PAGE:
Wednesday, 21 August 2013

The Java Hammer and Learning Functional Programming

Ribbing other developers about their programming language of choice is all part of the culture.  I nearly succumbed myself today.

The obvious joke being surely if you debug PHP you just end up with Perl6.  Usually just a bit of a larf, but often dismissive humor is a quick way to avoid having to understand and learn something new.  Occasionally, as in the case of the PHP Hammer, things can go perhaps a little to far.

This is my hammer:

I made it when I used to big wall climb a lot.  Where I learnt to climb you couldn't walk into the local climbing store and buy a hammer so I made one (along with a lot of my other gear).  I bought a geologist's hammer, cut part of the pick off, ground in a notch for pulling pitons and drilled a hole for attaching a funkness for ripping out stubborn pitons and busted bolts.  It worked really well and I helped a couple of friends make their own hammers.

I don't big wall climb any more but I hung onto the hammer.  I still use it when I work around the house or garden and it works just fine to whack in nails.  The handle is a bit longer and the head is heavier than a typical framing hammer so you can really punch a nail home with it.  Of course because it's heavier my feeble geek arms get tired quicker than they might with a smaller hammer.  If I help a friend out on a project they always take the time to make fun of my hammer.  However, it's when I need to pull a nail out that the real problems start.  I can't just flip this hammer over and use the claws on the back, I have to resort to this tool:

Which is fine until the nails get large and then I have to break out Fat Max:

Somehow I've ended up with three tools to do the job of one.

I could go get a new hammer that's more appropriate for the job, but when I just need to put in a few nails I never bother making the trip to the hardware store.  I'd have to wade through shiny nail guns and battery powered impact drivers just to get one simple tool to do a straight forward job, so I stick with what I've got.

I realised today that this is exactly how I feel about Java.  This is the Java Hammer; not always the right tool but I reach for it because it's familiar.

Like most people who have been programming for a while I'm truly proficient (be honest) in a small number of languages, can muddle my way through in a few more, and I've written hello world in more languages than I can remember.  I haven't properly learnt a new language every year because it often ends up being relearning object oriented programming with different syntax.

Lately I've become interested in functional programming, particularly Scala.  I can see that it will suit a lot of the programming problems that I have.  What really interests me is the paradigm shift to functional programming.  The trouble is, it's hard to break the habit of the familiar especially when there is work to be done.  I've been to presentations and tutorials about Scala and functional programming and the most useful for me was this one by Dianne Marsh.  Dianne's talk helped steer me off the inevitable path of being a functional fascist: behaviour that would make adoption at work difficult.  Instead, she suggested ways to start using Scala in daily coding, beginning with non production code like tests and simple scripts and building out from there.  Also, Dianne encouraged me to start out using Scala in an object oriented way, and to worry about writing functional code later. Sound advice for making a daunting change!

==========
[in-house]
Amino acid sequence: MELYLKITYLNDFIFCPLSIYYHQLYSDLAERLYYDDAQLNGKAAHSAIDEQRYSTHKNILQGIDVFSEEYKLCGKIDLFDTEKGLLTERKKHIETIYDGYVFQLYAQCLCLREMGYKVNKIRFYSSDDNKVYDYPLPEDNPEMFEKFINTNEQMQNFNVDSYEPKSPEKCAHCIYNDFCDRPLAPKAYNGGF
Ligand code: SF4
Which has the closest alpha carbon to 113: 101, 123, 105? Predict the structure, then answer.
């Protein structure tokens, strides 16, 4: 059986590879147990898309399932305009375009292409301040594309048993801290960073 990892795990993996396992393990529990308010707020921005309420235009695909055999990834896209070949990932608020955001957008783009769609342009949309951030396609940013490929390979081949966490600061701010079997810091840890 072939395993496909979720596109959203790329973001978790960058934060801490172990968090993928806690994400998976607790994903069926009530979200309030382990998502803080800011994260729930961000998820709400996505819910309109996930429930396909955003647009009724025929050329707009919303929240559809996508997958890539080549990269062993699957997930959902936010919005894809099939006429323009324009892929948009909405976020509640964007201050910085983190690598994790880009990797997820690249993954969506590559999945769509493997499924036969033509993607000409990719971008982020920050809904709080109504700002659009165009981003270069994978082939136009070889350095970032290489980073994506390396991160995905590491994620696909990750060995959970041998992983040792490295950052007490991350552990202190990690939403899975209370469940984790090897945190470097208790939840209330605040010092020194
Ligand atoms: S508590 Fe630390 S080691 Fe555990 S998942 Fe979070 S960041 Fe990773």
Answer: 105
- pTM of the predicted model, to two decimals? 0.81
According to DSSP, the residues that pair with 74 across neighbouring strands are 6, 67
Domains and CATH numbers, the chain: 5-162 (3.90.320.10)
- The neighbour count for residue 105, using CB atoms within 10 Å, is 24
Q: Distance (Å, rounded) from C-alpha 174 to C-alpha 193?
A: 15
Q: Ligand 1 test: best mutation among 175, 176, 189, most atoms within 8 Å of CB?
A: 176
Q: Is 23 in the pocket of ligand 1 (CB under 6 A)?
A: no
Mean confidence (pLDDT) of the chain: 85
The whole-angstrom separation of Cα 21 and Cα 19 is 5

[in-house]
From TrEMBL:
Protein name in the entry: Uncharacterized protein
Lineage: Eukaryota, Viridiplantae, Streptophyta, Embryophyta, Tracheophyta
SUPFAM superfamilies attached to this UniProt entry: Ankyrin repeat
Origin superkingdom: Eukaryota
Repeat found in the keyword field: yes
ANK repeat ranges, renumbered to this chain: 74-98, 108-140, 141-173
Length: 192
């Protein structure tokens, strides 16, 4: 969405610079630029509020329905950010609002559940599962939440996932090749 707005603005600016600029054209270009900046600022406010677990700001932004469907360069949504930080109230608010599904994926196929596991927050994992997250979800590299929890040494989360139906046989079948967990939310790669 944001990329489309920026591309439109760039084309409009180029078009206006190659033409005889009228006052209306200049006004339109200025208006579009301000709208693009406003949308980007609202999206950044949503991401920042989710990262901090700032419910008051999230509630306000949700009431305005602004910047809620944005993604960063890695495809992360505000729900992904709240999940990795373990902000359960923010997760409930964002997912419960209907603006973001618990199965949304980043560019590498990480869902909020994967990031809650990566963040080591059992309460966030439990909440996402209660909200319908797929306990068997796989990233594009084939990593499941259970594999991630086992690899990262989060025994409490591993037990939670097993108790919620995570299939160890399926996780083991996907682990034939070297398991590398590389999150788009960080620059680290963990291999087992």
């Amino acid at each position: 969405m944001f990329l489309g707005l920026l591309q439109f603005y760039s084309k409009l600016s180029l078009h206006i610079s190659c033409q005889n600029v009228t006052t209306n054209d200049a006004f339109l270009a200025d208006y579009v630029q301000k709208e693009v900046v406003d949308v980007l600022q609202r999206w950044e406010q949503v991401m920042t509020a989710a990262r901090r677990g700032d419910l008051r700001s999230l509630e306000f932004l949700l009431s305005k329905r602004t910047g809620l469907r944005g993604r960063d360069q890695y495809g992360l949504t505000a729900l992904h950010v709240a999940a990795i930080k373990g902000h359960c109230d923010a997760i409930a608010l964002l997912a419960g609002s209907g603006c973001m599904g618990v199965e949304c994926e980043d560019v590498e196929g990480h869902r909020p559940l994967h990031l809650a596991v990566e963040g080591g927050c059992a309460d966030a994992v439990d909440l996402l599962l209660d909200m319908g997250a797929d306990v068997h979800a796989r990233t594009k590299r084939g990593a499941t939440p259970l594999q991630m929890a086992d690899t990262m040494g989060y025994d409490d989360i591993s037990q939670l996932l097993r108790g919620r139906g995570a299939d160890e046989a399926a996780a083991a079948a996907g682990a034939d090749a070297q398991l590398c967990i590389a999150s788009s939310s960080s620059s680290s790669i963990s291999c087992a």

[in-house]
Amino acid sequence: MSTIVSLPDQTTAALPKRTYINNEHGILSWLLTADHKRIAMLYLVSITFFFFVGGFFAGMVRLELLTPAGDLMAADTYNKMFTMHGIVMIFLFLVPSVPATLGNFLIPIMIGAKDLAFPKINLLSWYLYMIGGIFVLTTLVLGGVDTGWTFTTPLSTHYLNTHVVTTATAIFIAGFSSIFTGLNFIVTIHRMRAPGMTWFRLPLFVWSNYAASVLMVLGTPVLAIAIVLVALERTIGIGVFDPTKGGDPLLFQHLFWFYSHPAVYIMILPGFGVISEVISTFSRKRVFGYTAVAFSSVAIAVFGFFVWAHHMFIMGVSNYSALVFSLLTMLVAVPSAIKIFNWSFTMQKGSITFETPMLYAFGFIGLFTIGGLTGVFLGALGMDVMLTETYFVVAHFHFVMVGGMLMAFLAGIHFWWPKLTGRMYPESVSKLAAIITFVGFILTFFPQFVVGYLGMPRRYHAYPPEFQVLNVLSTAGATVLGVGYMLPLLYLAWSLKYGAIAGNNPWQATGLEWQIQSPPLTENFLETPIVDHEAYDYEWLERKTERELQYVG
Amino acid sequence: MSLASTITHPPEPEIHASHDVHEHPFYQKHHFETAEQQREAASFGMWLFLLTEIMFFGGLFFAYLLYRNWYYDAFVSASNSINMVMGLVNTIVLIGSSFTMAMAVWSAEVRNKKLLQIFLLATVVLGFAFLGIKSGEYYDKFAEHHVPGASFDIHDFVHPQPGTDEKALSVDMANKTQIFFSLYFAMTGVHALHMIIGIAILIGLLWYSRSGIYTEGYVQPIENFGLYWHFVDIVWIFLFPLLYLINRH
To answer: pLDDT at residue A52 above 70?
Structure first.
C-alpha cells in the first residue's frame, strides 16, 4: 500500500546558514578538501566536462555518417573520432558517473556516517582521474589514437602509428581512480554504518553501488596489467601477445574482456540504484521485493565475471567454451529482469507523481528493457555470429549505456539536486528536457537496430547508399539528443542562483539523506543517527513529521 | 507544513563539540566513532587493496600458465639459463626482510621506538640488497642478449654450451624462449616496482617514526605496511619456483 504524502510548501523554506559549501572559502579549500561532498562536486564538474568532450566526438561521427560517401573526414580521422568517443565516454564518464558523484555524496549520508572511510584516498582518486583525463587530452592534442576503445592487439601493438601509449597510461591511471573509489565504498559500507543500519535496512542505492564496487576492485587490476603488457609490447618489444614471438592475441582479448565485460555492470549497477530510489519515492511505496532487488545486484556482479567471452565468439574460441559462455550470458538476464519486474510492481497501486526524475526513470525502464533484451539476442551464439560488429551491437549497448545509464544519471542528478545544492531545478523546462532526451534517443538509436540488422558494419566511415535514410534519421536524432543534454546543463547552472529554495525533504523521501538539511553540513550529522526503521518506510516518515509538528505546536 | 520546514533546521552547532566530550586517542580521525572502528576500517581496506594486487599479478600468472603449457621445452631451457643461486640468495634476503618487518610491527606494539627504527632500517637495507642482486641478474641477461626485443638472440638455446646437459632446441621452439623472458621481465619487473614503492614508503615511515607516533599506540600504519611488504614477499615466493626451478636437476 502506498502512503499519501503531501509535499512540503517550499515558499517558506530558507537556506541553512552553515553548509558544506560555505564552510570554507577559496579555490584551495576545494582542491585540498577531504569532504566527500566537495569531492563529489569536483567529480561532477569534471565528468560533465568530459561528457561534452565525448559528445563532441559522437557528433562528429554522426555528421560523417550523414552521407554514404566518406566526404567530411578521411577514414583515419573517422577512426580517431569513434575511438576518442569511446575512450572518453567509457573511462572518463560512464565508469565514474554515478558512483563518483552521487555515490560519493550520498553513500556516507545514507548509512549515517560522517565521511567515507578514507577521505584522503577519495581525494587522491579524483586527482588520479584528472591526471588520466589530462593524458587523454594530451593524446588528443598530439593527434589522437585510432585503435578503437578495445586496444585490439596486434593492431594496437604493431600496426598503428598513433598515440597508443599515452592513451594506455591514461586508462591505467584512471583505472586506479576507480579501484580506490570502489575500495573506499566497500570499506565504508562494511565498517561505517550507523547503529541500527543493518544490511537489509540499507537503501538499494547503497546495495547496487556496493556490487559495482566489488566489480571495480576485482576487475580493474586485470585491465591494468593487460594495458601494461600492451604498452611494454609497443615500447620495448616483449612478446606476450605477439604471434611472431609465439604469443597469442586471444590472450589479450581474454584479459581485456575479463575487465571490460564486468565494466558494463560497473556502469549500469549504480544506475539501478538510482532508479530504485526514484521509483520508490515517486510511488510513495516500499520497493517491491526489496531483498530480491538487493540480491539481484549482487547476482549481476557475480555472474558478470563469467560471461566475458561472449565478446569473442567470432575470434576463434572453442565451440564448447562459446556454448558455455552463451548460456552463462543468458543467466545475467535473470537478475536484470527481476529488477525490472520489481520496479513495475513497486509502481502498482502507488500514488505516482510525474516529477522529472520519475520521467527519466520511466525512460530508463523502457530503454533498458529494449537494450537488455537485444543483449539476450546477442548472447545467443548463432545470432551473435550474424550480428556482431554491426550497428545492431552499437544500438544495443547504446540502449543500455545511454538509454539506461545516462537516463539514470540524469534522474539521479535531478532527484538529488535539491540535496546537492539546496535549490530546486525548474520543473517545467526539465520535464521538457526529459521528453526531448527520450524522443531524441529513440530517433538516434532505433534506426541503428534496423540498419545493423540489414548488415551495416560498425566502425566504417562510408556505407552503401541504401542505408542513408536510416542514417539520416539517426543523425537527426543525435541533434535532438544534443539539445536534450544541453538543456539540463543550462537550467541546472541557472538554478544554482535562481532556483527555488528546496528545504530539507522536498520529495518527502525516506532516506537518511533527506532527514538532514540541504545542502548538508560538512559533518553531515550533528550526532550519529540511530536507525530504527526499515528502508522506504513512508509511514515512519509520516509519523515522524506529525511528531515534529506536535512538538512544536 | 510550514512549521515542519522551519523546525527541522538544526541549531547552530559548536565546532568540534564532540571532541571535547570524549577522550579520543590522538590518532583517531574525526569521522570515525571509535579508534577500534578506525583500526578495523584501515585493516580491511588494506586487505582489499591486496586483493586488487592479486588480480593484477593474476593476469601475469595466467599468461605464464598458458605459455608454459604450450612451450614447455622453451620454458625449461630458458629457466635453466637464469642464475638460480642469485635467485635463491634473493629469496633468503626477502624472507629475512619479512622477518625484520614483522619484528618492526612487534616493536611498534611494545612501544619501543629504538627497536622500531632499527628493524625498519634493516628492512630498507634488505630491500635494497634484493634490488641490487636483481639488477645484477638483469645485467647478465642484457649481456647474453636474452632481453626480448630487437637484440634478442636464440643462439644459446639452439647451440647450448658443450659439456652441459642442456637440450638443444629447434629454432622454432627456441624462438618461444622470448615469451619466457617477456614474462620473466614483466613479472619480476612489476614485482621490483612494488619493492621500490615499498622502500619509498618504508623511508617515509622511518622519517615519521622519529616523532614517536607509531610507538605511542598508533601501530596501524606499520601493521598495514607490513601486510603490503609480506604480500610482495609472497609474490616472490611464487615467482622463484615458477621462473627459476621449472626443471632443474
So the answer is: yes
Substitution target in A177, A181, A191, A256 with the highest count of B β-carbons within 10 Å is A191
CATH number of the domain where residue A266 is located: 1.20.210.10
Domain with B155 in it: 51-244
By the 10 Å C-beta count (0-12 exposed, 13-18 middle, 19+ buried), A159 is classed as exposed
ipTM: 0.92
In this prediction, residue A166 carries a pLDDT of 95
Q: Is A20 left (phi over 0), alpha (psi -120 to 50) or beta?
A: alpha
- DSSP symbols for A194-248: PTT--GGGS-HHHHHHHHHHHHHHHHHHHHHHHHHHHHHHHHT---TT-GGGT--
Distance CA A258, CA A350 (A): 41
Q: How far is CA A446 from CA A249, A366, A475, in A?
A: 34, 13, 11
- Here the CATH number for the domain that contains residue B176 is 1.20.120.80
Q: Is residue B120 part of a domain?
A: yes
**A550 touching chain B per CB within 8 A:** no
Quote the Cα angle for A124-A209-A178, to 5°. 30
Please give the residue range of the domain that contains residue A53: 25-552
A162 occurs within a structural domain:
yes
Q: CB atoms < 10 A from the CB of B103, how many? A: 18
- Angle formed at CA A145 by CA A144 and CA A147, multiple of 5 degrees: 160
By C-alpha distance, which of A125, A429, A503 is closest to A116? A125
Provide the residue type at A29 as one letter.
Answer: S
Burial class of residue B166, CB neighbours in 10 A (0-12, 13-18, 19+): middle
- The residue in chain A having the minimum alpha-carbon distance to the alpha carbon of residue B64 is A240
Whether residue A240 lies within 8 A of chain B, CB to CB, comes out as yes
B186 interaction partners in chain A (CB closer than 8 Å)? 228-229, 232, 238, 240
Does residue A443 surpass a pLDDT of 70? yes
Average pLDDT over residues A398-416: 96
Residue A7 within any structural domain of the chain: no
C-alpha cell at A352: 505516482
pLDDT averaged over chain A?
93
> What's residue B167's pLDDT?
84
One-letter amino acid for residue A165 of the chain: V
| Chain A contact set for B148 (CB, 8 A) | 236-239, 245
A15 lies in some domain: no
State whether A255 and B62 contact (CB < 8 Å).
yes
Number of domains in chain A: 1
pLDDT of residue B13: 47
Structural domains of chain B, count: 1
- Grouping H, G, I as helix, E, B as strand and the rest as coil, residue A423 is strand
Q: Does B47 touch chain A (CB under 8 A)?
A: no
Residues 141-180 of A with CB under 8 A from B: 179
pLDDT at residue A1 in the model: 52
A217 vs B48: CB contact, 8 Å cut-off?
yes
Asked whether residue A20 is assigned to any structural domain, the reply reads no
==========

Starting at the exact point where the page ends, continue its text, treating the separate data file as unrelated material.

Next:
When the world stops shaking or erupting and I have the energy to look at a computer in the evenings, I'm going to finish working my way through Atomic Scala by Dianne Marsh and Bruce Eckel.  It's really great and I'm pretty sure that if I stick at it that one day I will be able to look at some code and realise that I can write in a truly functional style.  It will be a nice break from the Java Hammer.

Footnote: This blog is about me learning something new that suits the programming problems I have.  Don't bother flaming, trolling, extolling the virtues of your favorite language, or any of that other pointless behavior.  I won't be listening.  Put your energy into learning something new yourself.

Disclaimer: I have never coded in PHP and have no opinions about it.  I do notice that it's used for a lot of things on the web so it must be good for getting stuff done.

Tuesday, 30 July 2013

Notifying You

The GeoNet Project provides a range of ways that you can stay up to date with geohazards information for New Zealand.  This includes smart phone applications that provide near real time earthquake push notifications for both Android and iOS devices.  I've worked with the internet for a long time but some days it still amazes me - receiving an earthquake notification on a phone in my pocket within moments of an earthquake occurring is one of those times.  It's both disarmingly simple and complex at the same time.  Here's how we get the earthquake location to the phone in your hand.

Getting push notifications to your phone involves services in several countries.  The numbered steps are described below.

1. The Application on Your Phone

To receive near real time push notifications you have to have the GeoNet app for Android or iOS installed on your phone, it has to be connected to the internet, and you have to have your quake preferences set appropriately.

2. Pushing to the Phone